"Mama!" Elizabeth squealed, dropped Lily's hand and ran to Rosalita Resurreccion, who was walking out of the ER, bandages on her cheek and temple. Elizabeth hugged Rosalita, buried her face in her mother's neck.

The mother and child connection, Lily mused. She'd never felt the urge to experience it - not until today's reunion with Quinn after 21 years apart. Problem was, they're first cousins.

>> Makiki Heights

Sen. Donovan Matsuda-Yee-Dela Cruz-Bishop-Kamaka left a message at the Kailua home of his secretary, Grace Ah Sun, explaining that he was heading to the Mainland for a few days.

Then he dialed the number for his girlfriend, Dr. Laurie Tang. He had some serious 'splaining to do. The detective who'd been here earlier, Gomes, said the crash had been all over the news. And Laurie was a news junkie. Well, Donovan could spin Serena crashing his car off the Keeaumoku Overpass - he had a female admirer who went wacko and stole his car. As long as Laurie didn't know that Serena was pregnant with his child, no problem.

>> Queen's Medical Center

"So the friends you used to work with at the strip club," said HPD Detective Sherlock Gomes, "the 'old friends' you referred to - they supplied the drugs that you used with the senator?"

"That's beside the point," Serena Kawainui said and grimaced at another sharp pain in her abdomen, the fourth one in the past couple of minutes.

Gomes waited for the moment to pass. He just had a couple more questions and he'd be done. "You OK?"

"Yeah, look at me, half my face covered in bandages, a broken arm, never been better," she said facetiously. "Listen, detective, I'm not saying nothin' about nobody, OK? This is all about me and Donovan. And the baby."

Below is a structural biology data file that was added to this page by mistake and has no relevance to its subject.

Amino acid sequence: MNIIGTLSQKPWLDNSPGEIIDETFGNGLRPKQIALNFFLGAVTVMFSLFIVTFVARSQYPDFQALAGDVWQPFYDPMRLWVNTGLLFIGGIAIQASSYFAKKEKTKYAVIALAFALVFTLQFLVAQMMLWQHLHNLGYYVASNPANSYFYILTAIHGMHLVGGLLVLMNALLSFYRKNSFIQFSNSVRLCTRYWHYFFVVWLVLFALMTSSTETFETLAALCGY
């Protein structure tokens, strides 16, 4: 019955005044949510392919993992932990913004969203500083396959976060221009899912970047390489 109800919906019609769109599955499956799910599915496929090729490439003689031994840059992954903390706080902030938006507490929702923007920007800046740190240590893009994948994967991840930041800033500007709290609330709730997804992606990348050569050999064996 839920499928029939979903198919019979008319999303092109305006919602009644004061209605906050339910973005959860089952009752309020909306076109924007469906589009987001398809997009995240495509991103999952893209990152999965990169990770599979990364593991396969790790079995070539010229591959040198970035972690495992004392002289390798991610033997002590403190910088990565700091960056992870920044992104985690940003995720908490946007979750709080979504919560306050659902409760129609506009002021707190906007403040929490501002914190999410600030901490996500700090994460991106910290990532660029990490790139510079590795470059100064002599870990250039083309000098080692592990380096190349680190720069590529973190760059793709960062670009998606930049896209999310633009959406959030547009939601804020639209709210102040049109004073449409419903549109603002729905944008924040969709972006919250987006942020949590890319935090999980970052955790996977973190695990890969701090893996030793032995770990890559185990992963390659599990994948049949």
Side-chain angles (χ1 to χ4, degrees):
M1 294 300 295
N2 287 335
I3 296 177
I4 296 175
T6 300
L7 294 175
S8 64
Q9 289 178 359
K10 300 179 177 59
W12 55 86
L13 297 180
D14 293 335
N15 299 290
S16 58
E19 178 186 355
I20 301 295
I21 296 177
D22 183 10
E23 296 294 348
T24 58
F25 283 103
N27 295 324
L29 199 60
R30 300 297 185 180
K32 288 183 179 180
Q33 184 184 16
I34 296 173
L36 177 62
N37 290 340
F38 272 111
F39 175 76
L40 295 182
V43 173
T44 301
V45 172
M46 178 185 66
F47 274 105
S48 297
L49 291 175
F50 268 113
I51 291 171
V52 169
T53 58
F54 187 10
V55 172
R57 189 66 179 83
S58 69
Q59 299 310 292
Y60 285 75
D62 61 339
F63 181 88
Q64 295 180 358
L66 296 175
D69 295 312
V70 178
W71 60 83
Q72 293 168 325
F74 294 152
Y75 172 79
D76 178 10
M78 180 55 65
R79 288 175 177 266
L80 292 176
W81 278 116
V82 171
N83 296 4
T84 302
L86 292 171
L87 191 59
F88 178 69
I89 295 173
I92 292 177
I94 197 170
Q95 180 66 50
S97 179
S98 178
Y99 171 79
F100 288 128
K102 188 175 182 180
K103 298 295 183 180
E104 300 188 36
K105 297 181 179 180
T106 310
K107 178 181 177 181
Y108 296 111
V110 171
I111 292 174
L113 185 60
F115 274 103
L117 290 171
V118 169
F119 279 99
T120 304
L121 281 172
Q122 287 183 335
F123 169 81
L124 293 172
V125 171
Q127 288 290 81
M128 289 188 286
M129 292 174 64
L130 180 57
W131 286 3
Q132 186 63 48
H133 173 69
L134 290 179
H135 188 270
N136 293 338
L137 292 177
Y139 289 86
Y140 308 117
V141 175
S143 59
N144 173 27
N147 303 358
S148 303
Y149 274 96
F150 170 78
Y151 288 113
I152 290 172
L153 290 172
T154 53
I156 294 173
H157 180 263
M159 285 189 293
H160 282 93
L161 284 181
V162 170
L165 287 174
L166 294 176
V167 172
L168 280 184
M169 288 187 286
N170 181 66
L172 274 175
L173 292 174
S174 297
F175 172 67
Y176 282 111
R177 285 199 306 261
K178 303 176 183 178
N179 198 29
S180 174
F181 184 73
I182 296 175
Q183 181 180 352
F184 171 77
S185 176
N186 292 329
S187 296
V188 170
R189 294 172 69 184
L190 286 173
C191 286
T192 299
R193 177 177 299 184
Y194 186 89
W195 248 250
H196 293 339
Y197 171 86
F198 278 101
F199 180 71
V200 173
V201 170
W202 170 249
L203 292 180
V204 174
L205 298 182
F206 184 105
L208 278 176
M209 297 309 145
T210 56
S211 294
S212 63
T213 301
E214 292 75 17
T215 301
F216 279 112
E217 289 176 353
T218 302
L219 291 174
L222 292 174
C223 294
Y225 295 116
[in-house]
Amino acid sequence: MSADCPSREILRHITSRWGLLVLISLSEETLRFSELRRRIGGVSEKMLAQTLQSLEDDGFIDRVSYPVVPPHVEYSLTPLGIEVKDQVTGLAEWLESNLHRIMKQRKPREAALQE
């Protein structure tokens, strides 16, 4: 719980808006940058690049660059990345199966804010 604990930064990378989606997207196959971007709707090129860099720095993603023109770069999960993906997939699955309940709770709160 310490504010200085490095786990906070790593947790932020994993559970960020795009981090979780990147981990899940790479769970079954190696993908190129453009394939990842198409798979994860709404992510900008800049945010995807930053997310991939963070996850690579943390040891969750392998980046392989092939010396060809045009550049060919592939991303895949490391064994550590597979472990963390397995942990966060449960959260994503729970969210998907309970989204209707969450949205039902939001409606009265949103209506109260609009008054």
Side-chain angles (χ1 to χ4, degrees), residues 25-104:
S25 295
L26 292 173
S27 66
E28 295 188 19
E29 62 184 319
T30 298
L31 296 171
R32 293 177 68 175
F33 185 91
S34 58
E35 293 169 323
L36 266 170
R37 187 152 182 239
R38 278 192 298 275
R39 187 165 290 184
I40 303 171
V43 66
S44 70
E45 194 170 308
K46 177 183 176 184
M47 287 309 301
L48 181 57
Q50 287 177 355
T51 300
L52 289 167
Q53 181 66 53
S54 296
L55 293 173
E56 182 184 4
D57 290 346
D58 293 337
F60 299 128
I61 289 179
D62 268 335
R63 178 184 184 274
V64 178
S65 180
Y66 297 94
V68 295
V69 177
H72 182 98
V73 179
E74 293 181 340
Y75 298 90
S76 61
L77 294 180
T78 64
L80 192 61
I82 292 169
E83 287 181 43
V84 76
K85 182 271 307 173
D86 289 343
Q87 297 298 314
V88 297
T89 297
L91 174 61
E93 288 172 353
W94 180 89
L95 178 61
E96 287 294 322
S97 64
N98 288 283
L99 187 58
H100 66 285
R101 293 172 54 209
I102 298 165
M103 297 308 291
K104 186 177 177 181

She gasped loudly and clutched at her stomach. "Call a nurse! Please! I don't wanna lose it!" And then she screamed. A moment later, two nurses burst through the door.

"Help me!" Serena cried as she felt the new life inside her beginning to spill away.

>> A young nurse led Lily into Quinn's room. She checked the read-outs from several monitors wired to Quinn, as well as an intravenous drip. When the nurse closed the door behind her, Lily took Quinn's big hand in her's. The same hand that, just before they'd heard Rosalita's screaming, had been lifting her chin, their lips inches apart. Lily squeezed his hand lightly. Eyes still closed, Quinn weakly squeezed back.

"Oh, Quinn," Lily said softly and started to cry. "I'm so sorry. But I'm so grateful too. You saved Rosalita. If you hadn't been there, I don't know what we would have done."

Lily leaned closer, whispered in Quinn's ear: "I love you, Quinn Ah Sun. And when they let you out of here, I'm taking you home with me. I'm going to take care of you."

She kissed his cheek, looked into his face, and the lips that had kissed her earlier in the moonlight at Maunalua Bay.

"I love you, Quinn," she whispered and kissed his lips.

"Oh my God!" she heard from behind. "Who are you?"

A woman stood in the doorway with poofy hair, mega makeup, about 10 pounds of Hawaiian heirloom bracelets on each wrist and a V-neck sweater that was losing cleavage by the second.

"No," Lily said, standing her ground, claiming Quinn as her own. "Who are you?"

Don Chapman is editor of MidWeek.
His serialized novel runs daily in the Star-Bulletin
with weekly summaries on Sunday.
He can be emailed at